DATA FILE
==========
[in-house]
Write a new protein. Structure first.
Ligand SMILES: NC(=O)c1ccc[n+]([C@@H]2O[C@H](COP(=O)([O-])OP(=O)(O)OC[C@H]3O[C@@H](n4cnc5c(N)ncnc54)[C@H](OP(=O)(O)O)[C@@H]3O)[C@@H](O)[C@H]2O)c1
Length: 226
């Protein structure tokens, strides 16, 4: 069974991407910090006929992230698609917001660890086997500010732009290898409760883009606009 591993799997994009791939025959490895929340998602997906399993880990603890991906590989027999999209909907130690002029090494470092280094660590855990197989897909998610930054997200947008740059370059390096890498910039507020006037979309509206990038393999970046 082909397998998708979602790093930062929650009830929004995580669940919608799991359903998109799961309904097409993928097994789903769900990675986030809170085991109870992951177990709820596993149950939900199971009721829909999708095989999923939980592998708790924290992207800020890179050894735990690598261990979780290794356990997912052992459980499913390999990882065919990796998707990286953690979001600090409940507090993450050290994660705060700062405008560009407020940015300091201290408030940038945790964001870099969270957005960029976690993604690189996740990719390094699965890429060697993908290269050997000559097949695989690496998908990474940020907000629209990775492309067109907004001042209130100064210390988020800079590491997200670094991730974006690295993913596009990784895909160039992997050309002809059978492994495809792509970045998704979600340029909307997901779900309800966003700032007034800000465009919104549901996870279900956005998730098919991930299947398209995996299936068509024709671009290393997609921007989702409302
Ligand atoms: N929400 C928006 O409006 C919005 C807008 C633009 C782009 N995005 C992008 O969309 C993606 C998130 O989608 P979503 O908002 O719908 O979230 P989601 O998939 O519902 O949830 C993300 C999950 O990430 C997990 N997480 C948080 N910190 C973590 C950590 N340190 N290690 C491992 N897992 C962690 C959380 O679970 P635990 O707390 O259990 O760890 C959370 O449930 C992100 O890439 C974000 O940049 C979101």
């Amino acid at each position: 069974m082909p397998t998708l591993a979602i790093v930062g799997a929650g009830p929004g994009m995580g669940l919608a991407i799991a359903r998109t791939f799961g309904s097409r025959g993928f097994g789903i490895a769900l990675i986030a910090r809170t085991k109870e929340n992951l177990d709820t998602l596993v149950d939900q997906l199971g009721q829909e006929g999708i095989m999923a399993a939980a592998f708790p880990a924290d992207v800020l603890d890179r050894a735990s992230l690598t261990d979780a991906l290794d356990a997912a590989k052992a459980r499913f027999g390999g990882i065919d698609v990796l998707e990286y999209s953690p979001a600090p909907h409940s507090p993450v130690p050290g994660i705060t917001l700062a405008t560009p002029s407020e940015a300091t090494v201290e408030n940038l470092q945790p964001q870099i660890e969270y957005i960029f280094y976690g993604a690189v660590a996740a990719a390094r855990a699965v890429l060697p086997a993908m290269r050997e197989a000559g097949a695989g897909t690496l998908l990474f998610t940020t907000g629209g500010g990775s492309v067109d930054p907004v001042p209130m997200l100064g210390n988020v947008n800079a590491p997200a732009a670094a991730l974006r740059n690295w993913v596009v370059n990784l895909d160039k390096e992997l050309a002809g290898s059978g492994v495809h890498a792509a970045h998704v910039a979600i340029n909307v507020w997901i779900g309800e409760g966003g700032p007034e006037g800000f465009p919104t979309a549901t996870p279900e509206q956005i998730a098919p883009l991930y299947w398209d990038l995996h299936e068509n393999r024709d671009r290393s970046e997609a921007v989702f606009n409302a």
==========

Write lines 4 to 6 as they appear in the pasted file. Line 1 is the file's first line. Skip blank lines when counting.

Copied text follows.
Length: 226
């Protein structure tokens, strides 16, 4: 069974991407910090006929992230698609917001660890086997500010732009290898409760883009606009 591993799997994009791939025959490895929340998602997906399993880990603890991906590989027999999209909907130690002029090494470092280094660590855990197989897909998610930054997200947008740059370059390096890498910039507020006037979309509206990038393999970046 082909397998998708979602790093930062929650009830929004995580669940919608799991359903998109799961309904097409993928097994789903769900990675986030809170085991109870992951177990709820596993149950939900199971009721829909999708095989999923939980592998708790924290992207800020890179050894735990690598261990979780290794356990997912052992459980499913390999990882065919990796998707990286953690979001600090409940507090993450050290994660705060700062405008560009407020940015300091201290408030940038945790964001870099969270957005960029976690993604690189996740990719390094699965890429060697993908290269050997000559097949695989690496998908990474940020907000629209990775492309067109907004001042209130100064210390988020800079590491997200670094991730974006690295993913596009990784895909160039992997050309002809059978492994495809792509970045998704979600340029909307997901779900309800966003700032007034800000465009919104549901996870279900956005998730098919991930299947398209995996299936068509024709671009290393997609921007989702409302
Ligand atoms: N929400 C928006 O409006 C919005 C807008 C633009 C782009 N995005 C992008 O969309 C993606 C998130 O989608 P979503 O908002 O719908 O979230 P989601 O998939 O519902 O949830 C993300 C999950 O990430 C997990 N997480 C948080 N910190 C973590 C950590 N340190 N290690 C491992 N897992 C962690 C959380 O679970 P635990 O707390 O259990 O760890 C959370 O449930 C992100 O890439 C974000 O940049 C979101």